Welcome to the Memorial Chapel
Dedicated on October 12, 1952, the non-denominational and picturesque Memorial Chapel stands in honor of members of the University of Maryland community who lost their lives serving our country in the United States Armed Forces. An icon at the University of Maryland, the Memorial Chapel stands as a symbol of unity and serenity. The location of about 1200 activities a year, the doors are open annually to more than 80,000 visitors of all faiths, cultures and walks of life.
Serving as the center for religious life for the campus, the Chapel is also a great venue for lectures, concerts, services, convocations, commencement ceremonies, and weddings. The facility has much to offer to our on- and off-campus communities. Activities in the Chapel need not be religious in nature, but all must be the type of event that respects the integrity of a place of worship.
While many students look to the future as they receive their degree at the many commencements ceremonies held here each year, hundreds of alumni return to the Memorial Chapel to exchange wedding vows. Throughout the academic year students, faculty and staff are invited to lectures that often feature such prominent leaders such as Senator John McCain, former Governor Robert Ehrlich, Senator Joseph Tydings and Speaker of the House, Nancy Pelosi.
Year round the Memorial Chapel Carillon, which can be heard across campus, rings the school's Alma Mater, inviting the campus and surrounding community to enjoy concerts, tours and join in worship. Surrounding the Memorial Chapel are gardens and courtyards that provide the community with a place to relax and reflect in the midst of a 1200 acres campus bustling with activity. Being a non-denominational facility, worship services at Memorial Chapel are as varied as the 14 faith communities represented by the University of Maryland Chaplaincies. For more information on religious life and worship times please contact these campus ministries directly at www.chapel.umd.edu/chaplains.
1940s: Laying the Foundation
In 1946, four students presented the Board of Regents with 1,348 signatures in support of constructing an “interdenominational chapel upon the campus of the University of Maryland at College Park.” After unanimously approving plans to build a chapel, the Regents authorized President Harry C. Byrd to hire Henry Powell as architect. In 1948, the project took on new significance when the Regents decided to dedicate the Chapel to those who served their country in WWI and WWII.
1950s: A Decade of "Firsts"
Though the completion of the Chapel was repeatedly delayed, October 12, 1952 saw the dedication of the building in front of a capacity crowd of more than 1,300 before which Governor Theodore McKeldin delivered an address entitled, "The Importance of Religion." The Chapel would continue to grow in impact during this period becoming an increasingly central part of campus life and home to a number of long-time traditions.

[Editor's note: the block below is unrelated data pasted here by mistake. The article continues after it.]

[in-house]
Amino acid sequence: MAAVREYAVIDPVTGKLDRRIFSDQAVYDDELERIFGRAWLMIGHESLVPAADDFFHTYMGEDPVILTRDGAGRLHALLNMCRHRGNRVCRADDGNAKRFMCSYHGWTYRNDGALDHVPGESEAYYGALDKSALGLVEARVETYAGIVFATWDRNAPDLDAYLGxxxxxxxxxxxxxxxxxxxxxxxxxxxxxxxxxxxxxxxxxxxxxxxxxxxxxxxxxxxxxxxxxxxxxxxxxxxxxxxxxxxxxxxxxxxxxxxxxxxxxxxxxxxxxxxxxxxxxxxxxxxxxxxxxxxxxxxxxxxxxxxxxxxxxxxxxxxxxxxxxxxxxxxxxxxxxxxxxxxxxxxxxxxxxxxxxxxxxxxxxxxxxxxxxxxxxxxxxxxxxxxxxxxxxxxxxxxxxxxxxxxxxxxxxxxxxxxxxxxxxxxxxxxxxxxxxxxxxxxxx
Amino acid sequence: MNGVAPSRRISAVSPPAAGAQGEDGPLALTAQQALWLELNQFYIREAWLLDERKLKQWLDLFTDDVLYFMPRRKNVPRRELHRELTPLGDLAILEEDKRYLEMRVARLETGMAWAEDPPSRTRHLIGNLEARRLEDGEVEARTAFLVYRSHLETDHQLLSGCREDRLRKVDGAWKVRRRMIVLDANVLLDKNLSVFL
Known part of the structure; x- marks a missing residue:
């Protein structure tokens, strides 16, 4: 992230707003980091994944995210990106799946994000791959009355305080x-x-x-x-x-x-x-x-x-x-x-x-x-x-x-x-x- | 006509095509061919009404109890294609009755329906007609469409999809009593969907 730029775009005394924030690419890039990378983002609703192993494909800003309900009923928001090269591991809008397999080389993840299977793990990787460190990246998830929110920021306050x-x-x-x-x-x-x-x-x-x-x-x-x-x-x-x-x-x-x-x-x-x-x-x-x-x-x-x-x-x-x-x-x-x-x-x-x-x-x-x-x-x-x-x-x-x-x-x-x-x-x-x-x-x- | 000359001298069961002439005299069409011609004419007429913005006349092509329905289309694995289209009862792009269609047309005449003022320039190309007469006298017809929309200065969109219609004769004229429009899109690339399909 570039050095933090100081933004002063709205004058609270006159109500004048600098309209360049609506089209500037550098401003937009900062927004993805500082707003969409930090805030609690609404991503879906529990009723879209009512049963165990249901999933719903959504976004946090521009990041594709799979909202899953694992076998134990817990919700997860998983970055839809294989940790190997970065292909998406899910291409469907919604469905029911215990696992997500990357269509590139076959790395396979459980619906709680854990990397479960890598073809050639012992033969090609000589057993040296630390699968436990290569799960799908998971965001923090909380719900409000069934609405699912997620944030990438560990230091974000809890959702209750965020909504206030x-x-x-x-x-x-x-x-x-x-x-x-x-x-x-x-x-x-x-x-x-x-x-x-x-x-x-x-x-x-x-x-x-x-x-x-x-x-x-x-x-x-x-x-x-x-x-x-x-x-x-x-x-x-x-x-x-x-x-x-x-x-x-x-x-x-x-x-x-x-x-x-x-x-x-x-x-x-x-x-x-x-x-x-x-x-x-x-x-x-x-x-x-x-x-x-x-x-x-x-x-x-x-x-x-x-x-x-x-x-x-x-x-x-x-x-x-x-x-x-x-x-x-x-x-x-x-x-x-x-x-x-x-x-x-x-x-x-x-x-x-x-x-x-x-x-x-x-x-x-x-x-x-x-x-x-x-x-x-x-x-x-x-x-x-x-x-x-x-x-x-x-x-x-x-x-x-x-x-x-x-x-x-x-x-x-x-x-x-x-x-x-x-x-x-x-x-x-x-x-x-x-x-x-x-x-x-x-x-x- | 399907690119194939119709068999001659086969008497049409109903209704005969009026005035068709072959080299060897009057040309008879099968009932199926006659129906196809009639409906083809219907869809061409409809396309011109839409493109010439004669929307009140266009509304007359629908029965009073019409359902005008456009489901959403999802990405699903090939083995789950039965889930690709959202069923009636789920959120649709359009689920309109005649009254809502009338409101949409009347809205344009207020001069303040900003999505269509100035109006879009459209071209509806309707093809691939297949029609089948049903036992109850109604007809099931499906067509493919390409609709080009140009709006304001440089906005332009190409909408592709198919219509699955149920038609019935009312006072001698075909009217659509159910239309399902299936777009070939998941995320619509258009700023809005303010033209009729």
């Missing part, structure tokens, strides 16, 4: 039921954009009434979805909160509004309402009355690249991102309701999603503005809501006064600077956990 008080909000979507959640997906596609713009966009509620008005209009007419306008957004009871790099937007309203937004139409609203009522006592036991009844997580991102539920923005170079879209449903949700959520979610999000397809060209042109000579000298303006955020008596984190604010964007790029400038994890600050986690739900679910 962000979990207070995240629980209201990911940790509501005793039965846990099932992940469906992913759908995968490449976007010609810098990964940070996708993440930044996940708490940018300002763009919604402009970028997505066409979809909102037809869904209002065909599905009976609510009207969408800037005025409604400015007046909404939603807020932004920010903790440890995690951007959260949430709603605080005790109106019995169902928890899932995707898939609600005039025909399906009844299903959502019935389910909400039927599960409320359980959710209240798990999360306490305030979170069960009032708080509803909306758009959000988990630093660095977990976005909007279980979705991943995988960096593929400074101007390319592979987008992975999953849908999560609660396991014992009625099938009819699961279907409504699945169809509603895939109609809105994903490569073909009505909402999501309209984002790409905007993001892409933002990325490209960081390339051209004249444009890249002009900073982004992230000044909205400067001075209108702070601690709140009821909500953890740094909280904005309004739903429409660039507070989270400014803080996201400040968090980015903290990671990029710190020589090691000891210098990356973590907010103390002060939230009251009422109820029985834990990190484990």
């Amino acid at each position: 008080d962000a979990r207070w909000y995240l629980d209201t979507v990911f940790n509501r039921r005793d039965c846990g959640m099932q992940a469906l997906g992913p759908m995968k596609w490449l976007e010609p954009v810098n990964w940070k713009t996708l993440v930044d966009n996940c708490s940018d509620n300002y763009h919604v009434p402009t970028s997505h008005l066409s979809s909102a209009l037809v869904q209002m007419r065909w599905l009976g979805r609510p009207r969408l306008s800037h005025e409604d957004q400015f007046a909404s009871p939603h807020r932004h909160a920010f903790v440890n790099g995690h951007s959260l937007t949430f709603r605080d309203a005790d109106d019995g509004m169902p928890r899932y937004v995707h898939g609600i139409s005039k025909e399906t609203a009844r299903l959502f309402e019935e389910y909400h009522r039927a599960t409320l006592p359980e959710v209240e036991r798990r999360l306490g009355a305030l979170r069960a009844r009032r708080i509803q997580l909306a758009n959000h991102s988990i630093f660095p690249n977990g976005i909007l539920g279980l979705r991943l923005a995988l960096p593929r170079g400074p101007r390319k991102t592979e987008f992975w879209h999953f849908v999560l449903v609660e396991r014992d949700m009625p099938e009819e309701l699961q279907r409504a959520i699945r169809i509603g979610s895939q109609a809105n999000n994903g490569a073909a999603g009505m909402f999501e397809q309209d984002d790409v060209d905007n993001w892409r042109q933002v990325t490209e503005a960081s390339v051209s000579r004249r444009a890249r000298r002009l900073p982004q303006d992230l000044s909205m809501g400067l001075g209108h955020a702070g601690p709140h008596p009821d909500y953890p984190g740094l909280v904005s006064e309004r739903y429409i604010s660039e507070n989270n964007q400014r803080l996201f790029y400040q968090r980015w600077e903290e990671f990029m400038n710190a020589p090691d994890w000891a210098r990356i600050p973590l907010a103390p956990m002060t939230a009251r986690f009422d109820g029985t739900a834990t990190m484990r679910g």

1960s: Social Awareness
The 1960s began with the dedication of the Veterans Memorial Book honoring alumni killed in military service and ended with a more direct confrontation of war as students took to the streets protesting U.S. involvement in the Vietnam. The steeple, as the highest point on campus acquired a symbolic as well as religious significance.
1970s: Turbulent Times
As an awareness of national issues as well as tension over the Vietnam War grew across the country, protests against “the establishment” intensified on campus and around the Chapel. Along with riots and sit-ins, students circulated their own provocative publications criticizing institutions like the government and “The Church.” As the decade came to a close, so did the country’s involvement in Vietnam.
1980s: Renovation and Rejuvenation
The 1980s ushered in a decade of restoration for the Memorial Chapel due to a combined result of alumni donations and the students’ and faculty’s awareness of the Chapel’s needs. A 1981 fundraising campaign contributed to the restoration of the Moller pipe organ and carillon chimes and in 1987 much of the interior as well as the steeple and clock underwent repairs. During this time many new traditions were initiated.
1990s and 2000s
In the wake of national and global tragedies, Memorial Chapel has served as place for remembrance and reflection. Over the years the Chapel has hosted vigils and services in memory of such events as the space shuttle disasters of Challenger and Columbia, September 11, 2001, the Tsunami disaster and the events at Virginia Tech as a way to connect to the campus, to the nation and to the world. In 2014, with the inception of the University of Maryland in the Big Ten Conference, the Memorial Chapel started a new tradition. Every home and away football, men's basketball, and women's basketball game day, the carillon chimes the "Maryland Fight Song".